17 February 2023: Sorry about last week, folks; it was my chief mate's birthday and we were celebrating out of town and out of computer land! But here we are again with a follow on to some neat info we posted a couple of years ago. This is going to be HUGE when they actually start recovering the artifacts.  From the British SUN:


THE sunken treasures of a vessel dubbed the "holy grail" of shipwrecks have been uncovered in extraordinary underwater footage.

The £15billion spoils of the legendary San Jose Galleon have survived over 300 years at sea, resting inside its rusting remains.

The 64-gun, three-mast galleon, the jewel in the crown of the Spanish Navy, was claimed by the waves of the Caribbean Sea.

It sailed as the flagship on its final voyage during the War of the Spanish Succession before being blown up by Brits in 1708.

Powder magazines onboard the San Jose detonated during the battle of Wager's Action, taking the souls of the 600-strong crew down along with it.

Its megabucks bounty was also a victim of the ambush - leaving a hoard of gold, silver and emeralds lost at sea.

The treasure is believed to today be worth a whopping £15billion, sparking an incredible hunt for the shipwreck.

It was eventually discovered in 2015 by the Woods Hole Oceanographic Institution (WHOI), who identified the San Jose thanks to its bronze guns engraved with dolphins.

The Colombian government then announced a salvage operation two years later, delving below the surface in a bid to recover its spectacular treasures.

The world was then given a glimpse of the glitzy valuables thanks to state-of-the-art underwater equipment.

The Colombian Navy sent a remotely operated vehicle to a depth of 3,100ft to assess the notorious wreckage.

Incredible images show gold pieces, cannons and perfectly preserved Chinese porcelain cups scattered across the San Jose. 

The eerie snaps hint at the wealth of artifacts hidden among the wreckage, with trinkets twinkling under the light.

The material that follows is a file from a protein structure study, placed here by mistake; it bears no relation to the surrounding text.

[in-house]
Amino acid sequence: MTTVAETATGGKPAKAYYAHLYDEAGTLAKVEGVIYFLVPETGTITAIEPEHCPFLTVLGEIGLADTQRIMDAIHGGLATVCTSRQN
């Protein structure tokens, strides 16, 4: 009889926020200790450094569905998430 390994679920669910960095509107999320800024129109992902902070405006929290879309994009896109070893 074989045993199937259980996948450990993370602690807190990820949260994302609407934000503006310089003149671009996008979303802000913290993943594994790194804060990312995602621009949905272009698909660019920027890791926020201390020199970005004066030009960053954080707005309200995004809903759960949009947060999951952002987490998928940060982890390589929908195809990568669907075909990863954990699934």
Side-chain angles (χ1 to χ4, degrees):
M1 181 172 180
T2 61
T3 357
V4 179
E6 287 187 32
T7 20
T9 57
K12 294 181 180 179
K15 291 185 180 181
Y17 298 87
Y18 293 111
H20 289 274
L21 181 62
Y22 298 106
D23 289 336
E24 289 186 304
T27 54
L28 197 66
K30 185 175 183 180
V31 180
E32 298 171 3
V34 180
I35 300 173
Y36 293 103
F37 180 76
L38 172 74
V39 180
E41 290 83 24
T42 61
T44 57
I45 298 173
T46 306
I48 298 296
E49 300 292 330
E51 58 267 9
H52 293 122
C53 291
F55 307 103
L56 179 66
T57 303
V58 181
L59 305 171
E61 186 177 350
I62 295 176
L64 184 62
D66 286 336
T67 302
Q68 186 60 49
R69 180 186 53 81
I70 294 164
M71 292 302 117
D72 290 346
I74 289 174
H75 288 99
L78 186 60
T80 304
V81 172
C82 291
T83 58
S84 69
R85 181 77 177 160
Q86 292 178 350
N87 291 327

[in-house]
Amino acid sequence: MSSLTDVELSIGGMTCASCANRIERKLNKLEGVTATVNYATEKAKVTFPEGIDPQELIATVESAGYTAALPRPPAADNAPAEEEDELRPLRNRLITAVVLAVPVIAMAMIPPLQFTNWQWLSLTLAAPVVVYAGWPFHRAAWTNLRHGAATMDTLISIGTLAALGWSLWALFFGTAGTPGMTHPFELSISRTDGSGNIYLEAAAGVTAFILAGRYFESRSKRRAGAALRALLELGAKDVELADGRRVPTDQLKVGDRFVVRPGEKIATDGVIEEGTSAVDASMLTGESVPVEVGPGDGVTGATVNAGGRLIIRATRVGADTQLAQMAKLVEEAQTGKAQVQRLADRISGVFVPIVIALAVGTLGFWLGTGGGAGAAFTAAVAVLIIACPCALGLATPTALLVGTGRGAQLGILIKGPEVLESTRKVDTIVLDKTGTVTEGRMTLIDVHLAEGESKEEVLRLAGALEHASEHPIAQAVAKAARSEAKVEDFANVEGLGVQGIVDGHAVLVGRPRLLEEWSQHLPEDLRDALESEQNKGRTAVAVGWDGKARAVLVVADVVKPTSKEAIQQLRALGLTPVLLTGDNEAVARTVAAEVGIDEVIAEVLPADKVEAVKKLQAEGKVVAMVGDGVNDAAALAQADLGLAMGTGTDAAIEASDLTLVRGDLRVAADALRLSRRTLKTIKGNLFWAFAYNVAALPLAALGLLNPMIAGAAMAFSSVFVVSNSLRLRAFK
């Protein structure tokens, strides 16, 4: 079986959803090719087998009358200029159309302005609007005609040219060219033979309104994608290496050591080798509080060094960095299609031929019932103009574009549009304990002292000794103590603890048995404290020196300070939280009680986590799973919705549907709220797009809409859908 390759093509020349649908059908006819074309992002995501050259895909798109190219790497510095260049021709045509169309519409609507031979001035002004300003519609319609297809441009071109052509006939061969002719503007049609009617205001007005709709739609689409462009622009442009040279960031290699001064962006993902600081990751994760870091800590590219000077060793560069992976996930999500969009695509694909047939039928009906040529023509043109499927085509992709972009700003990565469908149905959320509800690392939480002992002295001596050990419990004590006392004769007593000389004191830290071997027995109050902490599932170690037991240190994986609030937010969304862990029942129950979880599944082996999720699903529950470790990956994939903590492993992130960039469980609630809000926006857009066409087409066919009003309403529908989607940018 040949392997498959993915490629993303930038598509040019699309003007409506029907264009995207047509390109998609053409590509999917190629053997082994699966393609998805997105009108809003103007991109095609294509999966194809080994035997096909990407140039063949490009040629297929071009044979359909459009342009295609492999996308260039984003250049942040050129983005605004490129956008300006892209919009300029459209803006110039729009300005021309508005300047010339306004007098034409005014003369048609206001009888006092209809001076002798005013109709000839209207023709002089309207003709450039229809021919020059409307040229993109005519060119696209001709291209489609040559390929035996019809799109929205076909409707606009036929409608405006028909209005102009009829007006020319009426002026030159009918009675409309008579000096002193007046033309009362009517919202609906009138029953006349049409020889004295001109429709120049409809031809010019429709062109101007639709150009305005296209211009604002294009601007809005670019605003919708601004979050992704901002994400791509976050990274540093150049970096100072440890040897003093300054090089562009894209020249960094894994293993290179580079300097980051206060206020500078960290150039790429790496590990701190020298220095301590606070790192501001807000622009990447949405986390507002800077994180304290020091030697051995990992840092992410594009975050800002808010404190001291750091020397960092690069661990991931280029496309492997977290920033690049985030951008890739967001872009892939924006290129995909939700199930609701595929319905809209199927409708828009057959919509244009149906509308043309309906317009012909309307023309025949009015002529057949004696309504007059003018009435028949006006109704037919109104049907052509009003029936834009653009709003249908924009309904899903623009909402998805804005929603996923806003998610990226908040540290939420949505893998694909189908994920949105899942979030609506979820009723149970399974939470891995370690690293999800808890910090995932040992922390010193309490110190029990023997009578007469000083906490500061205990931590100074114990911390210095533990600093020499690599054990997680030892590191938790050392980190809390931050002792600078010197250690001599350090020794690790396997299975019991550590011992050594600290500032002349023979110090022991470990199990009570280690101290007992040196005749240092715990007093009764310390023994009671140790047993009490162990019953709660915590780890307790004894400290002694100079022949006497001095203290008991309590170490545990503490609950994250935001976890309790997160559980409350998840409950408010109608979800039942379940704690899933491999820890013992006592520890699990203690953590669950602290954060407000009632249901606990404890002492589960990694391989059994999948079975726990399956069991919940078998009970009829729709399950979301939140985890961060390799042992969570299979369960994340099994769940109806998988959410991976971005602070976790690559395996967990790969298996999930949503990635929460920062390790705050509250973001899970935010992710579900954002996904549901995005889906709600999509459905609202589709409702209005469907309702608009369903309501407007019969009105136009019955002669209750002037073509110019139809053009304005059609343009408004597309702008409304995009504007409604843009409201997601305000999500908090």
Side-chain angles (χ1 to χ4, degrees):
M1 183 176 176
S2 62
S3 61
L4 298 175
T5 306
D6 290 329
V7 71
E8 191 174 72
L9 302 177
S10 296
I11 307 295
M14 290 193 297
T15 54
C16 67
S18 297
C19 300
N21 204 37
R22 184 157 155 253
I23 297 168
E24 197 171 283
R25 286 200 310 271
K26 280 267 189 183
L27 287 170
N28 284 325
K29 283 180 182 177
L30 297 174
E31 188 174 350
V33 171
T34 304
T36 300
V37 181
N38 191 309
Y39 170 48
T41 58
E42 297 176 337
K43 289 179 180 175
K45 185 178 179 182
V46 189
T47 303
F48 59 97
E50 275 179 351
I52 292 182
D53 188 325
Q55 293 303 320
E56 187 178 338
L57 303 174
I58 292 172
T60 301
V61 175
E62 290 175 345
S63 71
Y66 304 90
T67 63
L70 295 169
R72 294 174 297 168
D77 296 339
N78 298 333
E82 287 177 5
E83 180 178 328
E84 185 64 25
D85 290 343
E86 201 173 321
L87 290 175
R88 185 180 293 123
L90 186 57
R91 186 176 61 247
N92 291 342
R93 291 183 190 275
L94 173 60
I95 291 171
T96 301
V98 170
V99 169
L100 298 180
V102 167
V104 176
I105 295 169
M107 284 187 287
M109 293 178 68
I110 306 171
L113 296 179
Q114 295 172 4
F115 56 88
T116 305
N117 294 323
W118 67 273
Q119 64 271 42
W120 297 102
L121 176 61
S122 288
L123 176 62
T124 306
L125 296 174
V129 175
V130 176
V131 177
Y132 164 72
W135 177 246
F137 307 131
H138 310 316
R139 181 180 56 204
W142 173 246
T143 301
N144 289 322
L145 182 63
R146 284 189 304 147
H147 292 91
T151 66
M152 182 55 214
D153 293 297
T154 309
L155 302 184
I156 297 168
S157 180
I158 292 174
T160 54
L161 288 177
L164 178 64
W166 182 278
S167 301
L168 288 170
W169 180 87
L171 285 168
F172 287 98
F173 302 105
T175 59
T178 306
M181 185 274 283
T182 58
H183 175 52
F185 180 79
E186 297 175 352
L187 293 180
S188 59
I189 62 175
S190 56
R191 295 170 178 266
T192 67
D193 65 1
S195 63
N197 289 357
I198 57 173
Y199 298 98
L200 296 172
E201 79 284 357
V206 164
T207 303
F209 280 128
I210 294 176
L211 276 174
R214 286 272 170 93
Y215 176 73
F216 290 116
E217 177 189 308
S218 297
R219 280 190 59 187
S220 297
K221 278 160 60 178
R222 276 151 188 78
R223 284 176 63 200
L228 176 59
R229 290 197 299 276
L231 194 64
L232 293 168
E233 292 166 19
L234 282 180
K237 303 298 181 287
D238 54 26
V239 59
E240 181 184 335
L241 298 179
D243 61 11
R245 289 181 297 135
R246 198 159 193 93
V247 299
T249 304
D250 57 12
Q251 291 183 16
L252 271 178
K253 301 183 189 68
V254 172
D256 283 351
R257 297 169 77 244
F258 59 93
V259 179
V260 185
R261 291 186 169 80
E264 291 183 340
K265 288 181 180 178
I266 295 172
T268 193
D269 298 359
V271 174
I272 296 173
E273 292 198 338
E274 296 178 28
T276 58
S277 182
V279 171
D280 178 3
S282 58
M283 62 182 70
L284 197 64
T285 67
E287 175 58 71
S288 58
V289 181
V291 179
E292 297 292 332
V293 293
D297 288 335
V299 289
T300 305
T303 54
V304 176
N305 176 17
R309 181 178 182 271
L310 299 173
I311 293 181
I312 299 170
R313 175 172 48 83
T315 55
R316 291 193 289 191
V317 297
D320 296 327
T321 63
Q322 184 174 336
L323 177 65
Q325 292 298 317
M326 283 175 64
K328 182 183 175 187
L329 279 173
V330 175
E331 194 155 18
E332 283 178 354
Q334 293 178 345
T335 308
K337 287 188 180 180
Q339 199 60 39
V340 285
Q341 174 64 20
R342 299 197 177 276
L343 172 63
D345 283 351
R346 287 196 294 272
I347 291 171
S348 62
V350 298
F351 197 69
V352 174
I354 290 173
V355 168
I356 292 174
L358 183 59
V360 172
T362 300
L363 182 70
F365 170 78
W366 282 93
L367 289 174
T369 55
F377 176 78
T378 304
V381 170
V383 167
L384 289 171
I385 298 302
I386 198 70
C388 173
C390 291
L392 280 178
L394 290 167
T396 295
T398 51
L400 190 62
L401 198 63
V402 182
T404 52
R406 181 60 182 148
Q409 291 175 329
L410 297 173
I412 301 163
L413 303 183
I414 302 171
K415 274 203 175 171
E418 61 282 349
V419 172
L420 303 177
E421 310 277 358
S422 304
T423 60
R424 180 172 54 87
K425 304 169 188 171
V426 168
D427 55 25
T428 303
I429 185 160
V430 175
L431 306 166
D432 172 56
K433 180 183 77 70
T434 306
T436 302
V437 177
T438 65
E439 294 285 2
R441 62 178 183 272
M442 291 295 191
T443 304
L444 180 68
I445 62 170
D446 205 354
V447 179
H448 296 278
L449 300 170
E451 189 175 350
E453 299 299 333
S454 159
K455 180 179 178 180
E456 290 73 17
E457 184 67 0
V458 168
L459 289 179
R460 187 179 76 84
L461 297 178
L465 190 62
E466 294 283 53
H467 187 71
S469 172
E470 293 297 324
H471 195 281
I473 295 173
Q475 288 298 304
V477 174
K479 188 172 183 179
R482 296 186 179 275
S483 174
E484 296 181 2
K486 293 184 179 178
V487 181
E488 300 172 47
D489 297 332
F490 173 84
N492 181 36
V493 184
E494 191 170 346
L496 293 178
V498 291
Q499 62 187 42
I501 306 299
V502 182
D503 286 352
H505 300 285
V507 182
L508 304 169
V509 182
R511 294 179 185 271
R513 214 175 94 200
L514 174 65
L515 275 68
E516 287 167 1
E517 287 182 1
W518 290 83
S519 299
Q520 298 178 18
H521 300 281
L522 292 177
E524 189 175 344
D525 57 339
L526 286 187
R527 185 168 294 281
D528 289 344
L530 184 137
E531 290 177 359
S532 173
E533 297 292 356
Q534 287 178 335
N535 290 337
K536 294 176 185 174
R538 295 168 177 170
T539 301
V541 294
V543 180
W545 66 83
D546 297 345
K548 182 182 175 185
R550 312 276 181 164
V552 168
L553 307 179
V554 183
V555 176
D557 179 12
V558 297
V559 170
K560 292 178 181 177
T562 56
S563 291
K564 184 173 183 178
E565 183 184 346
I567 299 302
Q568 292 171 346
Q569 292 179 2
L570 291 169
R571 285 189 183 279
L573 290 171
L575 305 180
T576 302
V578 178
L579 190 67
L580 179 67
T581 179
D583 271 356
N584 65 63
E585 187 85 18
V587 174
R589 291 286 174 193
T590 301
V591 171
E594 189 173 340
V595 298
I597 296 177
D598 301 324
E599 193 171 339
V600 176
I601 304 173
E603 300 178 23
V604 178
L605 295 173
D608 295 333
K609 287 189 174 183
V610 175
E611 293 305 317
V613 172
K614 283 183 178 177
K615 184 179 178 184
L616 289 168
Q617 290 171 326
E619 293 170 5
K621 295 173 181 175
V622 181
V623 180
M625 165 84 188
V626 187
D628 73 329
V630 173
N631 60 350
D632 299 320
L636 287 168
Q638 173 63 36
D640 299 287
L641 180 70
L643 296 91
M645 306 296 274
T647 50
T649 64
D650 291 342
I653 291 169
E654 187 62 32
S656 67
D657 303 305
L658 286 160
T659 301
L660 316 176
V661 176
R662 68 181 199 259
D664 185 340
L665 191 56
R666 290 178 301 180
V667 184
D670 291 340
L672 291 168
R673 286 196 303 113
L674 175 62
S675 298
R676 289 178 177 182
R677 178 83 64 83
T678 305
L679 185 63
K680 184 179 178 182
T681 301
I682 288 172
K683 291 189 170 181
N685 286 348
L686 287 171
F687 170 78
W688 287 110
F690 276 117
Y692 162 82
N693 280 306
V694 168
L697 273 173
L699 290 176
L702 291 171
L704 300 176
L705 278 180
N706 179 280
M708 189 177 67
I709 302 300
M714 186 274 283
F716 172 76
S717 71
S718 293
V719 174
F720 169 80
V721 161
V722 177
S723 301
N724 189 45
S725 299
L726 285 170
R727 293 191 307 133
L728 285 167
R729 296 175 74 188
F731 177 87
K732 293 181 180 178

Bronze cannons, swords, and clay vessels can also be spotted on the seafloor.

Former Colombian President Iván Duque said: "The idea is to recover it and to have sustainable financing mechanisms for future extractions.

"In this way, we protect the treasure, the patrimony of the San Jose Galleon."

Historians dubbed the San Jose the "holy grail" of shipwrecks because it was carrying one of the largest amounts of treasure ever lost at sea.

The riches have inevitably sparked a fiery row over which country is the rightful owner of the famous booty.

At least 200 tonnes of gold, silver, gems and jewellery collected in Spain’s South American colonies were being shipped to King Philip V to finance his war of succession against the British.

Spain insists the treasure belongs to them, as it was their ship - but Bolivia's indigenous Qhara Qhara nation believes it is theirs as they were forced to mine the precious metals by the Spanish.

Colombia, which considers San Jose as part of its cultural heritage, has also laid claim to the wreckage as it was found in its territorial waters.

The nation's government have asserted regulatory control over the wreckage and the treasure, while classifying its location as a state secret.

Over three centuries on from its demise, the San Jose still remains a point of discontent between the three nations.

An explosive legal challenge is expected whenever the recovery of the ship and its treasure takes place.

But as investigations into the vessel continue, they may face a lengthy wait due to its abyssal depth underwater.

Last year, a Colombian court order put excavation on hold until the various legal claims were worked out.

During Colombia's underwater missions, experts uncovered two previously unknown shipwrecks close to the San Jose.

Navy commander Admiral Gabriel Perez said: "We now have two other discoveries in the same area, that show other options for archaeological exploration, so the work is just beginning."


Pretty exciting stuff, we think and we are looking forward to more detail and plans to recover these priceless artifacts. Don't rush to don your SCUBA gear quite yet, though. It's 3,100 ft down and the governments of at least 3 countries are fighting over who owns it. Stay tuned!

Until next time!

                                              Fair Winds,

                                                      Old Salt


Saturday, February 4, 2023


 4 February 2023:

February already and the Arctic "blast" is in full swing with record setting temperatures happening all over the place! And the groundhog said "6 more weeks of winter!" Looks like we gonna be staying in winter quarters for a while! 

We don't often publish current events in this blog, but this article caught our eye as an outrageous and irresponsible act by a foreign government. From the Business Insider and Guardian: